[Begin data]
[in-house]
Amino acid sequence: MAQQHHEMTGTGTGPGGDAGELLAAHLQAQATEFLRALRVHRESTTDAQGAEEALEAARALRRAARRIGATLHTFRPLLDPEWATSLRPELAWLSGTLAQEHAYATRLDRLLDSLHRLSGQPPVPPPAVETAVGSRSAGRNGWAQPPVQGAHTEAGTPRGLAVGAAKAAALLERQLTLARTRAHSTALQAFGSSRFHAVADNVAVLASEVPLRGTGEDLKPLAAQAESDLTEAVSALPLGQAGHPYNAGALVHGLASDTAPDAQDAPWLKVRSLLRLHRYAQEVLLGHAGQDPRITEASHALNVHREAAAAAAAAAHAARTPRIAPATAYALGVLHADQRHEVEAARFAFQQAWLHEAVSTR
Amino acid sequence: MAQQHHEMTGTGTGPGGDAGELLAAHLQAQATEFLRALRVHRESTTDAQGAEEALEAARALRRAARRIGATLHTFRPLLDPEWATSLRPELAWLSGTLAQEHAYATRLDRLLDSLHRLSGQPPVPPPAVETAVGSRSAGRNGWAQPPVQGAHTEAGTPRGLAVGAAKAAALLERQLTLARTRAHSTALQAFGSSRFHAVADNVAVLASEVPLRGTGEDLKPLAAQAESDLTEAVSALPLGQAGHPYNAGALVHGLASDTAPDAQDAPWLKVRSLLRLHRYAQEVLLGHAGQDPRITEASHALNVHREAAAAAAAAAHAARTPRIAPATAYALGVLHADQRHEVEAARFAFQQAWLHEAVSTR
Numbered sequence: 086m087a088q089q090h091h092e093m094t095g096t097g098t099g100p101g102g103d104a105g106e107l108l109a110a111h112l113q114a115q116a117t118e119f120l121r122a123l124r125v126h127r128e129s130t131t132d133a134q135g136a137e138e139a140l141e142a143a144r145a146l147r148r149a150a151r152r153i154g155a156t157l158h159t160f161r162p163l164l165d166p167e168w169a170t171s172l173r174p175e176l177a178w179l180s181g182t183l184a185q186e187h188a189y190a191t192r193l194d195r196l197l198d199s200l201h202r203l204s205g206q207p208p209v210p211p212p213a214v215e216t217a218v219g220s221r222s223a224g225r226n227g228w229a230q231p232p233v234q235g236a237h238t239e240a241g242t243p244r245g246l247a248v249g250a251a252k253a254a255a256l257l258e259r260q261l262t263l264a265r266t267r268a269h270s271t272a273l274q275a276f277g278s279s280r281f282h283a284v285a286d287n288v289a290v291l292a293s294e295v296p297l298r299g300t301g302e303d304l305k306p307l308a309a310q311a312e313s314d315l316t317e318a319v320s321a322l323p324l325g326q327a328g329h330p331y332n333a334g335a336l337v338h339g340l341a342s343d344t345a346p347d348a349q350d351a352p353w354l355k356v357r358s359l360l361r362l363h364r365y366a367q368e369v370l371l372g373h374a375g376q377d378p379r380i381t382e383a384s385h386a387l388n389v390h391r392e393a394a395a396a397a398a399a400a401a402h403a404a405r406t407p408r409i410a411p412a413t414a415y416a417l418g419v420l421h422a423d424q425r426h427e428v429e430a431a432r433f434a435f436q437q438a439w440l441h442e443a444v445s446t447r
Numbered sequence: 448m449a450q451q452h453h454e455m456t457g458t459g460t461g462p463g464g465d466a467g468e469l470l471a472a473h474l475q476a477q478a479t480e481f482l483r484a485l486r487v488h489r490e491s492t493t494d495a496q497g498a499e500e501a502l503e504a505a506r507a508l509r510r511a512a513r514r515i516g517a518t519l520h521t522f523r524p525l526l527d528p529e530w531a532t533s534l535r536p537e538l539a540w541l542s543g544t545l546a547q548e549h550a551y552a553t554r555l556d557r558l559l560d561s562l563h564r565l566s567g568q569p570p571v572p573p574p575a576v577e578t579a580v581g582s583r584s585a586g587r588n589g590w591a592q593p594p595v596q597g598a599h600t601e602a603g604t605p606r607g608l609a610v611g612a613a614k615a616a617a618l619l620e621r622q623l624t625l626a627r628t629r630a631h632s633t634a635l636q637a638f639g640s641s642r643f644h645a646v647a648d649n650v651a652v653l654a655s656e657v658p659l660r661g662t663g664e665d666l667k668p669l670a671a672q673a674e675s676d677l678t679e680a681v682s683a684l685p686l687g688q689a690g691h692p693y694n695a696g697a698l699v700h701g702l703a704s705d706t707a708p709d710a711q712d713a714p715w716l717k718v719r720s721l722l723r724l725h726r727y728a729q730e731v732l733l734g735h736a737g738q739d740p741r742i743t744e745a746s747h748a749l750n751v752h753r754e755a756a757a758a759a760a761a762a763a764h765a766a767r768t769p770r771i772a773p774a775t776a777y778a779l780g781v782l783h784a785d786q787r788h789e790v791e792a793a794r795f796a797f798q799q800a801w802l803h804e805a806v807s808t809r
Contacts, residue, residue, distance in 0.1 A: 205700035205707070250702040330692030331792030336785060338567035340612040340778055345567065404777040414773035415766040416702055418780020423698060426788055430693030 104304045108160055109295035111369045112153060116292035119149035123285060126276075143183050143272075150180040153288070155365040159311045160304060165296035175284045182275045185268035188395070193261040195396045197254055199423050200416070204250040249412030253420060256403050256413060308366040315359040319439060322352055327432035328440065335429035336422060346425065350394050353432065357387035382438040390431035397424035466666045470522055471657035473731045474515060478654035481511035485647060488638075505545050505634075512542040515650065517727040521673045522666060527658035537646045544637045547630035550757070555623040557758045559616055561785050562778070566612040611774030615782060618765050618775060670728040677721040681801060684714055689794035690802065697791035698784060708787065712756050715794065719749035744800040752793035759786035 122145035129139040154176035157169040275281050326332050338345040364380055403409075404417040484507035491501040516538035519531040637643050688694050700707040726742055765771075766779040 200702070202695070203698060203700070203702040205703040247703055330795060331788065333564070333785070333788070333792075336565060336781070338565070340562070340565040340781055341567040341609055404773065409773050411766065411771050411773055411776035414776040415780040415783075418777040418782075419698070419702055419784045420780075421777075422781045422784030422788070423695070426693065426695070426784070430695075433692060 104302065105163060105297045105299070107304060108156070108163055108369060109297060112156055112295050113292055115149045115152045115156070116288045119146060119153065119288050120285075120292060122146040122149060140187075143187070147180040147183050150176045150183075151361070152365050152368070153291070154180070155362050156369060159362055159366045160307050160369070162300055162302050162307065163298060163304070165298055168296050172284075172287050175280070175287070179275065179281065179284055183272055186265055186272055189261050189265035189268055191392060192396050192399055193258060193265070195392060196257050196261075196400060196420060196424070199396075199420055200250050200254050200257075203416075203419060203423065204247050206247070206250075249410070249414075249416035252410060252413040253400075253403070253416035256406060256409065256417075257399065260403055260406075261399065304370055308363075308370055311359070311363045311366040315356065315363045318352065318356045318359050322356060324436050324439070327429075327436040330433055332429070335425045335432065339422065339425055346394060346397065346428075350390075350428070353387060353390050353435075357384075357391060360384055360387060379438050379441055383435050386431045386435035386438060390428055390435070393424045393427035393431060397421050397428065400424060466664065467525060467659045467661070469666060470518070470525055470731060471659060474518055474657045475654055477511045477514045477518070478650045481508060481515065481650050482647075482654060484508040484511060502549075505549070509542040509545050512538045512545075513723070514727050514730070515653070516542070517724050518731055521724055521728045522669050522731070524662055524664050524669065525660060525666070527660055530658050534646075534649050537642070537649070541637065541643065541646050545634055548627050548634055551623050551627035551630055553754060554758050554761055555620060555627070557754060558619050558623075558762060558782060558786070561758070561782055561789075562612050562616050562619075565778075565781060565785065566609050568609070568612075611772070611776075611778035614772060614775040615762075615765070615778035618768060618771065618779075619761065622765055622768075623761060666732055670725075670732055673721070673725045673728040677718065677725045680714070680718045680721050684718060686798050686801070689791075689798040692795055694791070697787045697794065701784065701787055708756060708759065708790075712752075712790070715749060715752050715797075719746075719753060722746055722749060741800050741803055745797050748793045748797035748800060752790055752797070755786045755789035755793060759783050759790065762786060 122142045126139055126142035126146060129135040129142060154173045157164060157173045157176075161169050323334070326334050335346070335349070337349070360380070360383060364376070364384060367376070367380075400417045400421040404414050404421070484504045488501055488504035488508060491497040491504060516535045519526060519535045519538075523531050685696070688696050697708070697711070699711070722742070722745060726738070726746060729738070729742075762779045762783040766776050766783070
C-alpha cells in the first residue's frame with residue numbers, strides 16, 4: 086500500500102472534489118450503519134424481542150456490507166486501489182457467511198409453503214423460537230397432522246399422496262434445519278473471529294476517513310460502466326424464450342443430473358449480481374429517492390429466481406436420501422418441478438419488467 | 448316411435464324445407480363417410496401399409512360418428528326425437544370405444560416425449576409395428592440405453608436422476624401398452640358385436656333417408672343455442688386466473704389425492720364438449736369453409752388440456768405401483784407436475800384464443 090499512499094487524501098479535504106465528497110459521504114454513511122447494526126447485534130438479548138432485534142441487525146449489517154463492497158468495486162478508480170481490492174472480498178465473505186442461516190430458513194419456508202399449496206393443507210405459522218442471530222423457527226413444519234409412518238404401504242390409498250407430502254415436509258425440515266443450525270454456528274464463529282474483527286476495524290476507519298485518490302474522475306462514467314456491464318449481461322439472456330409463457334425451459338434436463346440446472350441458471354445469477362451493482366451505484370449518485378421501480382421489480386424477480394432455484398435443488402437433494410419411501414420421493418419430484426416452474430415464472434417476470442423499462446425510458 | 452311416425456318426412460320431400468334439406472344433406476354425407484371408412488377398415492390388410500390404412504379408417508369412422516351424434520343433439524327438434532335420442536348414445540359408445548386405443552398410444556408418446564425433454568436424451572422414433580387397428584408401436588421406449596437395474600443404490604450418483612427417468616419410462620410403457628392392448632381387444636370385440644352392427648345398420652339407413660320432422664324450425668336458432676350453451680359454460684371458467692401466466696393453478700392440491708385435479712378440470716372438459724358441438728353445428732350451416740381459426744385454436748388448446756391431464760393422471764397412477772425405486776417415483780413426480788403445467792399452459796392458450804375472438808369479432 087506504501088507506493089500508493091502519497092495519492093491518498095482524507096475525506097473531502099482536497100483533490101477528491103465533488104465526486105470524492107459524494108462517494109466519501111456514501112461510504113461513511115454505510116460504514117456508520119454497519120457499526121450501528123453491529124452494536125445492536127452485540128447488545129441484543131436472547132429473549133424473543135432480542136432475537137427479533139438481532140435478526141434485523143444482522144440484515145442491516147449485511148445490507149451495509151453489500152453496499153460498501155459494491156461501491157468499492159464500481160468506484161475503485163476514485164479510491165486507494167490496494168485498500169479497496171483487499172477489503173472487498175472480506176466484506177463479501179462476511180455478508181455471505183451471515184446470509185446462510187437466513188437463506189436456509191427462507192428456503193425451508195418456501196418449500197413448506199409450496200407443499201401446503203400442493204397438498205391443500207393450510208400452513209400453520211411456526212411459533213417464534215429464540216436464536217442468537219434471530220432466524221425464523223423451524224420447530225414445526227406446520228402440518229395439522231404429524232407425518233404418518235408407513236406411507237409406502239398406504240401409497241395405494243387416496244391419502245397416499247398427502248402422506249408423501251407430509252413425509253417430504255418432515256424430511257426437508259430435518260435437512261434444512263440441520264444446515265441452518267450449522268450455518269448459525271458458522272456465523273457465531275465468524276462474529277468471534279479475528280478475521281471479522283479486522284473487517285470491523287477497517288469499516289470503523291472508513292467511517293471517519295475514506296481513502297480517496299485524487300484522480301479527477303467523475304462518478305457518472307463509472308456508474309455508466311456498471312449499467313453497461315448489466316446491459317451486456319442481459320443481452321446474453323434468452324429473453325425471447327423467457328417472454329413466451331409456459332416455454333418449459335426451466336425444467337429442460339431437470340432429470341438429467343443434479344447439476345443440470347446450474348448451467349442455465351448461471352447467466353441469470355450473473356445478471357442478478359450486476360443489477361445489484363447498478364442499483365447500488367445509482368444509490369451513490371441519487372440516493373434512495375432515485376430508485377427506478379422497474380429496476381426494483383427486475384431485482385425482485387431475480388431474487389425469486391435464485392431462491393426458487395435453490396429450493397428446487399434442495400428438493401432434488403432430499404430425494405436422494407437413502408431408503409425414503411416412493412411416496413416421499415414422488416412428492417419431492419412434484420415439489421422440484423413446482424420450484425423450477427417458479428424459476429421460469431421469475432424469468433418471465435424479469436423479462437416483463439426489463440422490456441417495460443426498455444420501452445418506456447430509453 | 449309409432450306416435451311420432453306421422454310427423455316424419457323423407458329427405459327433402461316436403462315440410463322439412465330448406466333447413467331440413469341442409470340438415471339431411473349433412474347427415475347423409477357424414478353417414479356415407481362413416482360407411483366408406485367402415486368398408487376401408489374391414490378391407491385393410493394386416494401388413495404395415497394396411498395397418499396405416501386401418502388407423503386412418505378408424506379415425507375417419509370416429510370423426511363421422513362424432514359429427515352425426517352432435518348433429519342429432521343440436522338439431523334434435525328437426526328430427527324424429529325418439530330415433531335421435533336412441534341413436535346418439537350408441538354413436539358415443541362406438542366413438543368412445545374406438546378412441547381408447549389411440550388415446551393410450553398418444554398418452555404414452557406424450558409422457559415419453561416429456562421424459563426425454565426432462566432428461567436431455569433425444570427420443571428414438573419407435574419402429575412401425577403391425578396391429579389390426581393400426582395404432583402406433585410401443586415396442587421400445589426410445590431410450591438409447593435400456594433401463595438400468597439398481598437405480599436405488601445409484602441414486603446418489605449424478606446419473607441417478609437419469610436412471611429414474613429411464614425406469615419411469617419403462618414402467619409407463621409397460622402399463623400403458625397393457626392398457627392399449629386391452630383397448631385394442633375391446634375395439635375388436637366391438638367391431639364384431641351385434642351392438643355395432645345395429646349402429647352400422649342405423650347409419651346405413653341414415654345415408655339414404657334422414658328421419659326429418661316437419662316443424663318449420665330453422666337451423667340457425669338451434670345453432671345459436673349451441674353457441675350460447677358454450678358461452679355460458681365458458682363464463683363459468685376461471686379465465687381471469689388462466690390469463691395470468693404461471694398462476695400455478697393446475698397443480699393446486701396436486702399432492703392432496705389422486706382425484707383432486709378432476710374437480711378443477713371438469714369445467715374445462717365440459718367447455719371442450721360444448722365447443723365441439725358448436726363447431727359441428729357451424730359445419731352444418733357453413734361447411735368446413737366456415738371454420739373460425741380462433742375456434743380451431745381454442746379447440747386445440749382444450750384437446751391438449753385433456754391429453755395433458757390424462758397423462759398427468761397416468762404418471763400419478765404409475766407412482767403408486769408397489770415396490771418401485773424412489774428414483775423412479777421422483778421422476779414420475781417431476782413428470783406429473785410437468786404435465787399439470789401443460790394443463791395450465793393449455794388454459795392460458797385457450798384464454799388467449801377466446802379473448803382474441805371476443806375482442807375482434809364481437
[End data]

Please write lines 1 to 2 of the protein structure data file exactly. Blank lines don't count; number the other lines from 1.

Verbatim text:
[in-house]
Amino acid sequence: MAQQHHEMTGTGTGPGGDAGELLAAHLQAQATEFLRALRVHRESTTDAQGAEEALEAARALRRAARRIGATLHTFRPLLDPEWATSLRPELAWLSGTLAQEHAYATRLDRLLDSLHRLSGQPPVPPPAVETAVGSRSAGRNGWAQPPVQGAHTEAGTPRGLAVGAAKAAALLERQLTLARTRAHSTALQAFGSSRFHAVADNVAVLASEVPLRGTGEDLKPLAAQAESDLTEAVSALPLGQAGHPYNAGALVHGLASDTAPDAQDAPWLKVRSLLRLHRYAQEVLLGHAGQDPRITEASHALNVHREAAAAAAAAAHAARTPRIAPATAYALGVLHADQRHEVEAARFAFQQAWLHEAVSTR